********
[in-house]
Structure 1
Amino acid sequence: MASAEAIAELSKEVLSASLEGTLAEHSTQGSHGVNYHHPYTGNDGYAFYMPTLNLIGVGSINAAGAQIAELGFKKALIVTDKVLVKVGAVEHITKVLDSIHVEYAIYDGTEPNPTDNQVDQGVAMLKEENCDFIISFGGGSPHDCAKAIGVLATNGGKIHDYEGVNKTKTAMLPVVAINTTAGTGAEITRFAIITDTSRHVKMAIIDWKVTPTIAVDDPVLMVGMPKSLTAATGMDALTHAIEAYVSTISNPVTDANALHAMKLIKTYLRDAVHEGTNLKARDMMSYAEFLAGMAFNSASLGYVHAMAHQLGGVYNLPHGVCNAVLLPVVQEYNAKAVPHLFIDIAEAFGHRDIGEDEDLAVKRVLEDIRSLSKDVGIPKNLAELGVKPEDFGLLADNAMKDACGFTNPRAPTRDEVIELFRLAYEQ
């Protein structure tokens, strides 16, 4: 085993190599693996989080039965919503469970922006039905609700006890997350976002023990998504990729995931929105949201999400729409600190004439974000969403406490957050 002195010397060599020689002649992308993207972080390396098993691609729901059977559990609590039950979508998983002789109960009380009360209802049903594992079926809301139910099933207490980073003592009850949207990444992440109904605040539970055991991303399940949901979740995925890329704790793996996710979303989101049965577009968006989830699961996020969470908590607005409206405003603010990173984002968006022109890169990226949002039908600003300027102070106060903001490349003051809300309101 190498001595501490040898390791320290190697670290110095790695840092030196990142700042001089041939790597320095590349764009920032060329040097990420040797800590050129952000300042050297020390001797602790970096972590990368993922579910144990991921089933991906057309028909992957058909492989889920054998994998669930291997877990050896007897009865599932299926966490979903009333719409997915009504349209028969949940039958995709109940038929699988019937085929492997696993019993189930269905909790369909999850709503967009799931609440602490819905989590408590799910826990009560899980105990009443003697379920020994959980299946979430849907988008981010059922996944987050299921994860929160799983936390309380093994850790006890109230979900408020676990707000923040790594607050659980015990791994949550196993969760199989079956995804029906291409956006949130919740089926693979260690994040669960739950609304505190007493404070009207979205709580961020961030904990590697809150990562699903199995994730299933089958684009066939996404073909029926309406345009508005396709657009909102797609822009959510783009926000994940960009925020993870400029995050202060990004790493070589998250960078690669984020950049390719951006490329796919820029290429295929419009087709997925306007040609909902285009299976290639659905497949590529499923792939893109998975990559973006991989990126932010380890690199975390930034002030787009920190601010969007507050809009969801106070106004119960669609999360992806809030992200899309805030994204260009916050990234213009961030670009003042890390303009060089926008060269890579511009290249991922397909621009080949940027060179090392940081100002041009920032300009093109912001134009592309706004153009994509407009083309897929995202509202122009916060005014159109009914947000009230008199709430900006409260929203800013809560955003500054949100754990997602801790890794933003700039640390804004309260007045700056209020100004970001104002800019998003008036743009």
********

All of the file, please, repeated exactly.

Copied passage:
[in-house]
Structure 1
Amino acid sequence: MASAEAIAELSKEVLSASLEGTLAEHSTQGSHGVNYHHPYTGNDGYAFYMPTLNLIGVGSINAAGAQIAELGFKKALIVTDKVLVKVGAVEHITKVLDSIHVEYAIYDGTEPNPTDNQVDQGVAMLKEENCDFIISFGGGSPHDCAKAIGVLATNGGKIHDYEGVNKTKTAMLPVVAINTTAGTGAEITRFAIITDTSRHVKMAIIDWKVTPTIAVDDPVLMVGMPKSLTAATGMDALTHAIEAYVSTISNPVTDANALHAMKLIKTYLRDAVHEGTNLKARDMMSYAEFLAGMAFNSASLGYVHAMAHQLGGVYNLPHGVCNAVLLPVVQEYNAKAVPHLFIDIAEAFGHRDIGEDEDLAVKRVLEDIRSLSKDVGIPKNLAELGVKPEDFGLLADNAMKDACGFTNPRAPTRDEVIELFRLAYEQ
């Protein structure tokens, strides 16, 4: 085993190599693996989080039965919503469970922006039905609700006890997350976002023990998504990729995931929105949201999400729409600190004439974000969403406490957050 002195010397060599020689002649992308993207972080390396098993691609729901059977559990609590039950979508998983002789109960009380009360209802049903594992079926809301139910099933207490980073003592009850949207990444992440109904605040539970055991991303399940949901979740995925890329704790793996996710979303989101049965577009968006989830699961996020969470908590607005409206405003603010990173984002968006022109890169990226949002039908600003300027102070106060903001490349003051809300309101 190498001595501490040898390791320290190697670290110095790695840092030196990142700042001089041939790597320095590349764009920032060329040097990420040797800590050129952000300042050297020390001797602790970096972590990368993922579910144990991921089933991906057309028909992957058909492989889920054998994998669930291997877990050896007897009865599932299926966490979903009333719409997915009504349209028969949940039958995709109940038929699988019937085929492997696993019993189930269905909790369909999850709503967009799931609440602490819905989590408590799910826990009560899980105990009443003697379920020994959980299946979430849907988008981010059922996944987050299921994860929160799983936390309380093994850790006890109230979900408020676990707000923040790594607050659980015990791994949550196993969760199989079956995804029906291409956006949130919740089926693979260690994040669960739950609304505190007493404070009207979205709580961020961030904990590697809150990562699903199995994730299933089958684009066939996404073909029926309406345009508005396709657009909102797609822009959510783009926000994940960009925020993870400029995050202060990004790493070589998250960078690669984020950049390719951006490329796919820029290429295929419009087709997925306007040609909902285009299976290639659905497949590529499923792939893109998975990559973006991989990126932010380890690199975390930034002030787009920190601010969007507050809009969801106070106004119960669609999360992806809030992200899309805030994204260009916050990234213009961030670009003042890390303009060089926008060269890579511009290249991922397909621009080949940027060179090392940081100002041009920032300009093109912001134009592309706004153009994509407009083309897929995202509202122009916060005014159109009914947000009230008199709430900006409260929203800013809560955003500054949100754990997602801790890794933003700039640390804004309260007045700056209020100004970001104002800019998003008036743009």